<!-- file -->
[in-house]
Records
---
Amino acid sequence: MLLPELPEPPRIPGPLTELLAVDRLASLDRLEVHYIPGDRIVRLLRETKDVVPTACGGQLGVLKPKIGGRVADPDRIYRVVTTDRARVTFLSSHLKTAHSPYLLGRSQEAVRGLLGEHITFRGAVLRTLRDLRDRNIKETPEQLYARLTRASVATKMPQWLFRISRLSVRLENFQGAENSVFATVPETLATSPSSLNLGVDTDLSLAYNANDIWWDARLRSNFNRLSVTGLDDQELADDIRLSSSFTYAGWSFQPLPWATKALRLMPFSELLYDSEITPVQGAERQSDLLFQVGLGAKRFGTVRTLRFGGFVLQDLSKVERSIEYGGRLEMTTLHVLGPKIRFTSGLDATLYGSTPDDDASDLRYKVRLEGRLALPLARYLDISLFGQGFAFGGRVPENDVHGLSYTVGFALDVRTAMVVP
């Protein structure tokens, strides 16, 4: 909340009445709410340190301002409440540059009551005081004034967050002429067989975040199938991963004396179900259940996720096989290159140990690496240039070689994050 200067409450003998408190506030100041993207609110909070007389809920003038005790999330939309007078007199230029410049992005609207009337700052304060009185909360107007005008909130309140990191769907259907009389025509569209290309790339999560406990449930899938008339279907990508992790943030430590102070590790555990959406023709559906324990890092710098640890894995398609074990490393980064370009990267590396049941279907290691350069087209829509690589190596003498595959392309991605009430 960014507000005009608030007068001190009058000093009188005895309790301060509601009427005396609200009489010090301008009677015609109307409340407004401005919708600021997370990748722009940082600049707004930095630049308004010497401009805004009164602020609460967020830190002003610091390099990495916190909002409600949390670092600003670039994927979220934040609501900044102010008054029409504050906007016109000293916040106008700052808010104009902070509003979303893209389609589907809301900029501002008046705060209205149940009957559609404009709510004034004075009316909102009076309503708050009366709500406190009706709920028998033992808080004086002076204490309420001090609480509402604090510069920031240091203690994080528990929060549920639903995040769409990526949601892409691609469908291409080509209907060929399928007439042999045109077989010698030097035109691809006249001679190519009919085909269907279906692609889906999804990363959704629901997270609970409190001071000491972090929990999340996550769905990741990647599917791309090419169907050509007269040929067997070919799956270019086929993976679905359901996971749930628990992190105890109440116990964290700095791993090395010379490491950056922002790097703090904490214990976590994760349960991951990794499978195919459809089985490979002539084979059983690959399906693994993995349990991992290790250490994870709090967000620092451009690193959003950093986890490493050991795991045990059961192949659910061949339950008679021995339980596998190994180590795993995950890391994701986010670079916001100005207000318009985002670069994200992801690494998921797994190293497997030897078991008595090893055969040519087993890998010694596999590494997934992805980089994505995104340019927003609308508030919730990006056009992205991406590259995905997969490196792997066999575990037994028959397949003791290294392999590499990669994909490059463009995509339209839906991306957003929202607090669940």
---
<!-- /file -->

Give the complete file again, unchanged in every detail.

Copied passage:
[in-house]
Records
---
Amino acid sequence: MLLPELPEPPRIPGPLTELLAVDRLASLDRLEVHYIPGDRIVRLLRETKDVVPTACGGQLGVLKPKIGGRVADPDRIYRVVTTDRARVTFLSSHLKTAHSPYLLGRSQEAVRGLLGEHITFRGAVLRTLRDLRDRNIKETPEQLYARLTRASVATKMPQWLFRISRLSVRLENFQGAENSVFATVPETLATSPSSLNLGVDTDLSLAYNANDIWWDARLRSNFNRLSVTGLDDQELADDIRLSSSFTYAGWSFQPLPWATKALRLMPFSELLYDSEITPVQGAERQSDLLFQVGLGAKRFGTVRTLRFGGFVLQDLSKVERSIEYGGRLEMTTLHVLGPKIRFTSGLDATLYGSTPDDDASDLRYKVRLEGRLALPLARYLDISLFGQGFAFGGRVPENDVHGLSYTVGFALDVRTAMVVP
């Protein structure tokens, strides 16, 4: 909340009445709410340190301002409440540059009551005081004034967050002429067989975040199938991963004396179900259940996720096989290159140990690496240039070689994050 200067409450003998408190506030100041993207609110909070007389809920003038005790999330939309007078007199230029410049992005609207009337700052304060009185909360107007005008909130309140990191769907259907009389025509569209290309790339999560406990449930899938008339279907990508992790943030430590102070590790555990959406023709559906324990890092710098640890894995398609074990490393980064370009990267590396049941279907290691350069087209829509690589190596003498595959392309991605009430 960014507000005009608030007068001190009058000093009188005895309790301060509601009427005396609200009489010090301008009677015609109307409340407004401005919708600021997370990748722009940082600049707004930095630049308004010497401009805004009164602020609460967020830190002003610091390099990495916190909002409600949390670092600003670039994927979220934040609501900044102010008054029409504050906007016109000293916040106008700052808010104009902070509003979303893209389609589907809301900029501002008046705060209205149940009957559609404009709510004034004075009316909102009076309503708050009366709500406190009706709920028998033992808080004086002076204490309420001090609480509402604090510069920031240091203690994080528990929060549920639903995040769409990526949601892409691609469908291409080509209907060929399928007439042999045109077989010698030097035109691809006249001679190519009919085909269907279906692609889906999804990363959704629901997270609970409190001071000491972090929990999340996550769905990741990647599917791309090419169907050509007269040929067997070919799956270019086929993976679905359901996971749930628990992190105890109440116990964290700095791993090395010379490491950056922002790097703090904490214990976590994760349960991951990794499978195919459809089985490979002539084979059983690959399906693994993995349990991992290790250490994870709090967000620092451009690193959003950093986890490493050991795991045990059961192949659910061949339950008679021995339980596998190994180590795993995950890391994701986010670079916001100005207000318009985002670069994200992801690494998921797994190293497997030897078991008595090893055969040519087993890998010694596999590494997934992805980089994505995104340019927003609308508030919730990006056009992205991406590259995905997969490196792997066999575990037994028959397949003791290294392999590499990669994909490059463009995509339209839906991306957003929202607090669940």
---